My brother (the CrossFitter) was visiting one day and we decided to check out the new LA Fitness near my house. As we’re pulling into the parking lot my brother asks “Why is the building covered in pictures of people doing curls?” I jokingly replied, “The bicep is the most important muscle!” While we were working out, I noticed a lot of out of shape people spending their entire time at the gym working out their arms or doing crunches. If getting lean is one of your fitness goals, train using the most “bang for your buck” multi-joint/compound lifts like squats, deadlifts, bench press, chin-ups, and Olympic lifts. Avoid isolation, single-joint lifts such as bicep curls. Spending time on small muscles like biceps or triceps can be counterproductive; the more muscle you have the more fat you burn so focus on the bigger muscles like the legs, chest and back. Compound lifts can work almost the entire body which build more muscle and burns more fat. Doing ab exercises like crunches when your abs are covered by fat is just a waste of time. I definitely believe it’s important to have a strong core even if you have a gut, but by doing compound lifts, you will be working your core.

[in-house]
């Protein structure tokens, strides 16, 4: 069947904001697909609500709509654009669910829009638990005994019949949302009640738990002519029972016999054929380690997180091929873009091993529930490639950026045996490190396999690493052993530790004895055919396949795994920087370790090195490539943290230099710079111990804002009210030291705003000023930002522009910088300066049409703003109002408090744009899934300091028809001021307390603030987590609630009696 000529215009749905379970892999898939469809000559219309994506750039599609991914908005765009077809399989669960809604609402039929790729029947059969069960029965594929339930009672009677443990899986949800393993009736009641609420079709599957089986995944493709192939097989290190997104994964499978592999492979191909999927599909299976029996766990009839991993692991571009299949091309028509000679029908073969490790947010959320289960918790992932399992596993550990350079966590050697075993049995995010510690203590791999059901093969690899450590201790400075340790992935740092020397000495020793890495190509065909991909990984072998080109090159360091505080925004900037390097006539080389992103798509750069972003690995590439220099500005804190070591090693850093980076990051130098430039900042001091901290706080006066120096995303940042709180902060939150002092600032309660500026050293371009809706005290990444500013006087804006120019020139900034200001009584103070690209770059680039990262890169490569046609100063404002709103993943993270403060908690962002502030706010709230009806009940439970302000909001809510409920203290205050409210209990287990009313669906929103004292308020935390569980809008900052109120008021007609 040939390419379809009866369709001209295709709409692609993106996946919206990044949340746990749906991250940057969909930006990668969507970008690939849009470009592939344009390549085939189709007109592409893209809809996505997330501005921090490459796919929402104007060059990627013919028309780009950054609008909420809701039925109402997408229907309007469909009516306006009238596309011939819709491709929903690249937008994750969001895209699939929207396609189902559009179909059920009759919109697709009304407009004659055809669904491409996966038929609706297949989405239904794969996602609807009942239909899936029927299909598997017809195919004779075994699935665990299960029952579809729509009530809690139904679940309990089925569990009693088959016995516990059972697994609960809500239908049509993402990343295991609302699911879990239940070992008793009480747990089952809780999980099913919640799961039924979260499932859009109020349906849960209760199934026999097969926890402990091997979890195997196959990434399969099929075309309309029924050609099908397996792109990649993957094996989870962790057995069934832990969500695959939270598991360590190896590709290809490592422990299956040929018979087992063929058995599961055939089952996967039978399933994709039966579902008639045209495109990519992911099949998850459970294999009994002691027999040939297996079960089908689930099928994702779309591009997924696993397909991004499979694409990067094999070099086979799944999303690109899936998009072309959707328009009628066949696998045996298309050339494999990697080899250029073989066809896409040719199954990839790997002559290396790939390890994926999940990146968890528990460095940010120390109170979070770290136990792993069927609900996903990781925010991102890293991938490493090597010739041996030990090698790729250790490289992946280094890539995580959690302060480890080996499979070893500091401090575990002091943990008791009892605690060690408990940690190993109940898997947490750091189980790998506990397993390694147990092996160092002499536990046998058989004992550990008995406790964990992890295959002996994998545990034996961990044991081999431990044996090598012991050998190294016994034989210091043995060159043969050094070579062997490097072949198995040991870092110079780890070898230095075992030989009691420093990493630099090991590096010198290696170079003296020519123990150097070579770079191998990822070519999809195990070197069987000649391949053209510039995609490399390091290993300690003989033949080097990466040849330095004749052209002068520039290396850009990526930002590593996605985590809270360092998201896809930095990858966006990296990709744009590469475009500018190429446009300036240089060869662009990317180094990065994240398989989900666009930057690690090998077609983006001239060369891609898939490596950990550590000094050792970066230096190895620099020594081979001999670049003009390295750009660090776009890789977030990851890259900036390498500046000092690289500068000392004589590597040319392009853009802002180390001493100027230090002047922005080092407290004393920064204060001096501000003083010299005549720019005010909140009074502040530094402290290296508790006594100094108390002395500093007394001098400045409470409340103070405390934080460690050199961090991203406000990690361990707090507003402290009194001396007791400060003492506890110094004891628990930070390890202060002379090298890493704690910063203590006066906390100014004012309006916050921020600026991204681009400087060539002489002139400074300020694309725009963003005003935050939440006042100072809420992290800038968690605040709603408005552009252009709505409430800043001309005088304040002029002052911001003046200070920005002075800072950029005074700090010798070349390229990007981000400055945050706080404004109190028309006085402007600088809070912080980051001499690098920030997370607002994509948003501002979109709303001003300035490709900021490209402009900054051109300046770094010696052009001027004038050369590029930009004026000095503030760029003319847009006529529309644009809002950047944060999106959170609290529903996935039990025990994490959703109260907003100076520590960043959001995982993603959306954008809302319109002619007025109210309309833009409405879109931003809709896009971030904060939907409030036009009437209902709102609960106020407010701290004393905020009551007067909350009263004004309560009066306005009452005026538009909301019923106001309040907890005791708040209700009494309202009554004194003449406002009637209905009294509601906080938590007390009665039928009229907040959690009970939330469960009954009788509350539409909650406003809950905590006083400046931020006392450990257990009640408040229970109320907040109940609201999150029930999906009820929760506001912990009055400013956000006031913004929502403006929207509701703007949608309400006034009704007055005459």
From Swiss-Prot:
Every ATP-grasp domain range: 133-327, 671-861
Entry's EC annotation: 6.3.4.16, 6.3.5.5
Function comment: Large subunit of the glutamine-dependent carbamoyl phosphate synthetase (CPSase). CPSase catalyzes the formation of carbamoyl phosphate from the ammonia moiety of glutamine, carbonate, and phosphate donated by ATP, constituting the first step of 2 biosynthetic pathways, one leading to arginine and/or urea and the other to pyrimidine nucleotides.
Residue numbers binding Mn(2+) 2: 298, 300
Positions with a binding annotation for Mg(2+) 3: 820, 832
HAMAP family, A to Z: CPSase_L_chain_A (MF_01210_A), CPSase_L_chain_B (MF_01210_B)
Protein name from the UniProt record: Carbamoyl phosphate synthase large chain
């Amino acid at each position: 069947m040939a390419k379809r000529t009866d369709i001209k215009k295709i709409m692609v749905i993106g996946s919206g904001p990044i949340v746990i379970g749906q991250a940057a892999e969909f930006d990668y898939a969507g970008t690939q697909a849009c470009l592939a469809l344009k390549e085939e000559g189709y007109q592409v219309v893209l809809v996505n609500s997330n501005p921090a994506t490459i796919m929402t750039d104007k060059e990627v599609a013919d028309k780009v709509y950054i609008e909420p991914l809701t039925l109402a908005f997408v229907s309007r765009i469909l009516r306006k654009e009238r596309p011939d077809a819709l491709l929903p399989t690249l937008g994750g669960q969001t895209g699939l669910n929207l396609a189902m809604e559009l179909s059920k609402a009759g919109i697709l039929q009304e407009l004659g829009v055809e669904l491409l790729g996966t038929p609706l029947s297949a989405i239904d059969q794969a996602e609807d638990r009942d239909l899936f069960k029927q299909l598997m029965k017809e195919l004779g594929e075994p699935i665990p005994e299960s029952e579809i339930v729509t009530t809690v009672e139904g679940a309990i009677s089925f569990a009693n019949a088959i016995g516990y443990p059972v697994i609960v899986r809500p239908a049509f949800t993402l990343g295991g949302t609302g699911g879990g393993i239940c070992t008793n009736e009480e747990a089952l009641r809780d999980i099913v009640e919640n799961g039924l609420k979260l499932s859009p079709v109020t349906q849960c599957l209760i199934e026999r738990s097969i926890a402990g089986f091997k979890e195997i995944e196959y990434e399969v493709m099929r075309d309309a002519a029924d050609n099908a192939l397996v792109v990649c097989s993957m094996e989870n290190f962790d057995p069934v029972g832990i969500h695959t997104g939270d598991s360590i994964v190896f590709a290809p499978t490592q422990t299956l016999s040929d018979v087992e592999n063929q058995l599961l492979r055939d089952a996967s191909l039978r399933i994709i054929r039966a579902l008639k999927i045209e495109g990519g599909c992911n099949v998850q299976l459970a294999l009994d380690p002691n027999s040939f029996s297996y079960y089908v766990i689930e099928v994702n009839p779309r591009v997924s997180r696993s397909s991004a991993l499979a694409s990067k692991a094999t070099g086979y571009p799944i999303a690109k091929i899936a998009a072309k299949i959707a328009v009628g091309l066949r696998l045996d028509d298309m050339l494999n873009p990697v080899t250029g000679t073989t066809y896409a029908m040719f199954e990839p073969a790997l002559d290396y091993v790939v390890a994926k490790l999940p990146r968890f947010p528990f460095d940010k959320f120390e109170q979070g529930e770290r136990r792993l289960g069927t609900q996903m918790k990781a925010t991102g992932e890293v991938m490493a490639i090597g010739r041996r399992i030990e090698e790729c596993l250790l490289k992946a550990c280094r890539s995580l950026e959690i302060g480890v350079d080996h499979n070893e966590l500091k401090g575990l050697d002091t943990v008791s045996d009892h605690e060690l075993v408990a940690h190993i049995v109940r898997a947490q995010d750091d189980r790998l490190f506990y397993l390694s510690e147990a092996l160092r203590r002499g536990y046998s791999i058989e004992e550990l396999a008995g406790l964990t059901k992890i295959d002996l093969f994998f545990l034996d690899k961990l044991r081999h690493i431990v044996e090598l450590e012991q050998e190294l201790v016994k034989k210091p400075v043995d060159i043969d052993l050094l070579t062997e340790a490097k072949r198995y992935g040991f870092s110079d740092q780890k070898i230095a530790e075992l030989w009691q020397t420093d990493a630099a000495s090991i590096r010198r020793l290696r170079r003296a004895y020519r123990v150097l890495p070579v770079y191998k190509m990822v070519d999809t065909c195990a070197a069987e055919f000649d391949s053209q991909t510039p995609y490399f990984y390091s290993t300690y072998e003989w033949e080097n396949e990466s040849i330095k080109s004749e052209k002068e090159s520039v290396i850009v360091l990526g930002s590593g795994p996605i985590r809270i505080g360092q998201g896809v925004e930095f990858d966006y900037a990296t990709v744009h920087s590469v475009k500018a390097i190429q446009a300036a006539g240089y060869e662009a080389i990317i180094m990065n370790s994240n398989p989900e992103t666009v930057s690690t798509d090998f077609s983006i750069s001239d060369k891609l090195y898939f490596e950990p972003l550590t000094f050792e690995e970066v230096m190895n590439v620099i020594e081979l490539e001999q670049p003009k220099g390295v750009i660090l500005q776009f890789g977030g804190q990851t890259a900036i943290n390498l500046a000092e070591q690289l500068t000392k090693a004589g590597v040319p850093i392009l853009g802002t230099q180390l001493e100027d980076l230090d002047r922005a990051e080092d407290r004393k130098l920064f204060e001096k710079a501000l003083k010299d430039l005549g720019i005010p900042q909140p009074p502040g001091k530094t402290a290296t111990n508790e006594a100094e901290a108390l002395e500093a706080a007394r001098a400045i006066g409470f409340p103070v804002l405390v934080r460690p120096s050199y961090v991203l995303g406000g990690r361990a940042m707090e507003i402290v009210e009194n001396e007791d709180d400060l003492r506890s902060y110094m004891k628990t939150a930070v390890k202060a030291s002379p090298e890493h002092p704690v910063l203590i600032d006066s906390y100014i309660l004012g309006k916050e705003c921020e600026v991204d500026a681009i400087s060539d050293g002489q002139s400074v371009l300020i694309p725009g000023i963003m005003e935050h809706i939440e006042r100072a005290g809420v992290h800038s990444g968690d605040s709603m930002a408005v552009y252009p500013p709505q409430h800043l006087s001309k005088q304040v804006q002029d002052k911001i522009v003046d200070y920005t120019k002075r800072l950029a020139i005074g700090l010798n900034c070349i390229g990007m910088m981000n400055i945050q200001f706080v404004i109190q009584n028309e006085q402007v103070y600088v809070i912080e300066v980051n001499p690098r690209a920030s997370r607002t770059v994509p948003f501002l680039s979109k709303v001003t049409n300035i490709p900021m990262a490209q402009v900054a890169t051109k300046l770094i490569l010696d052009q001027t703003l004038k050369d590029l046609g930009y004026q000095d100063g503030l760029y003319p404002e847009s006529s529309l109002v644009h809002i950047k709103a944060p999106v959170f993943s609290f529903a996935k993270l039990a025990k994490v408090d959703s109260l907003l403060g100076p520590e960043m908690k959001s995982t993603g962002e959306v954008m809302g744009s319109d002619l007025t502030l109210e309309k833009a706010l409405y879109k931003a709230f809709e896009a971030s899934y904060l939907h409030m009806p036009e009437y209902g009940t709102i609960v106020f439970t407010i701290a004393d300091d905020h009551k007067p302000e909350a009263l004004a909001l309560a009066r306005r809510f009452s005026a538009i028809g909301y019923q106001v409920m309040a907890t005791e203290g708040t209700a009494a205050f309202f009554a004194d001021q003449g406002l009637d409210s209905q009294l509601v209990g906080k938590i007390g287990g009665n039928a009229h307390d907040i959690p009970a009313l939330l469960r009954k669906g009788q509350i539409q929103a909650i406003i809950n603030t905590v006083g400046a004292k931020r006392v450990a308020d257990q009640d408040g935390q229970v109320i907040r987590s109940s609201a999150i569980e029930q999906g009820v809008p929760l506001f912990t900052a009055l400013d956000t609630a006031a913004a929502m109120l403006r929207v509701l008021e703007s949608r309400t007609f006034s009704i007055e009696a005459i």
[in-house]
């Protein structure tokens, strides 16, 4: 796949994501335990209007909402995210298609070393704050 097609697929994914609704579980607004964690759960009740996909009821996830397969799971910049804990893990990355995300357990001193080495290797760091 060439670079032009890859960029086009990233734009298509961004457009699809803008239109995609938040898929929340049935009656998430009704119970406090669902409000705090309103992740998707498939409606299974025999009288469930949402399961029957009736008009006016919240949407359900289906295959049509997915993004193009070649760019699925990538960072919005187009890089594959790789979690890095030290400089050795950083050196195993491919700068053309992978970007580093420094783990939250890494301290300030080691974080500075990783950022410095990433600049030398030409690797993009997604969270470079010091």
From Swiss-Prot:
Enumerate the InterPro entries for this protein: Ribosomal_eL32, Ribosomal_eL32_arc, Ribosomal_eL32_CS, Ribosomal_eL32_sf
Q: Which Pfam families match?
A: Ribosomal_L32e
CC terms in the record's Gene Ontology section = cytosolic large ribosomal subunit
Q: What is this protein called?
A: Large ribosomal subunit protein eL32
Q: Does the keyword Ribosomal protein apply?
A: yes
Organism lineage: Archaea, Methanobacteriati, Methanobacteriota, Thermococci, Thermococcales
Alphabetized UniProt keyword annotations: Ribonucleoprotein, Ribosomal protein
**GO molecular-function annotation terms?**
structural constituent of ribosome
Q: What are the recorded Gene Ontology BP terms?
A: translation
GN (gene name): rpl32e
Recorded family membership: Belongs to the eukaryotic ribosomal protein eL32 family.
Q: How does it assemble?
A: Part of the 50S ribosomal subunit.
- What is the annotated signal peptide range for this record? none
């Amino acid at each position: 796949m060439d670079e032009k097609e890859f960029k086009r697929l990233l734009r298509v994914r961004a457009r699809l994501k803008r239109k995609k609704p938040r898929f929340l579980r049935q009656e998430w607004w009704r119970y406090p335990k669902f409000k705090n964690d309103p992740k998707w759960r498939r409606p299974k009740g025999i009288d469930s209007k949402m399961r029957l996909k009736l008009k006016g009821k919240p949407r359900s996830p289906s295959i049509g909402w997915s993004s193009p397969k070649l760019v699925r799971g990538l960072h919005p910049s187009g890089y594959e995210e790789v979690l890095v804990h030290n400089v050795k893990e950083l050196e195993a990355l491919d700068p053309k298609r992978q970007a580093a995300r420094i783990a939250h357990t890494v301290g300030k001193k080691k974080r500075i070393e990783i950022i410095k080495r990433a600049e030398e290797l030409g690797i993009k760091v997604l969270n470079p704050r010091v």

Yes, nice biceps look good but a lean core not only looks good, it’s also important to your health. If you loose the fat around your abdomen, it will reduce the risk of various diseases and early death.
Spending 15 minutes doing squats and deadlifts will get you leaner faster than spending an hour doing arms and crunches. Tighten your abs and butt on every compound lift to ensure you engage those muscles. I promise you, doing these lifts will work your arms and abs.
Once you’ve leaned out to where you want to be, then focus on those glamor muscles like the arms. By then, you should already have great abs and arms, so there won’t be much more to go.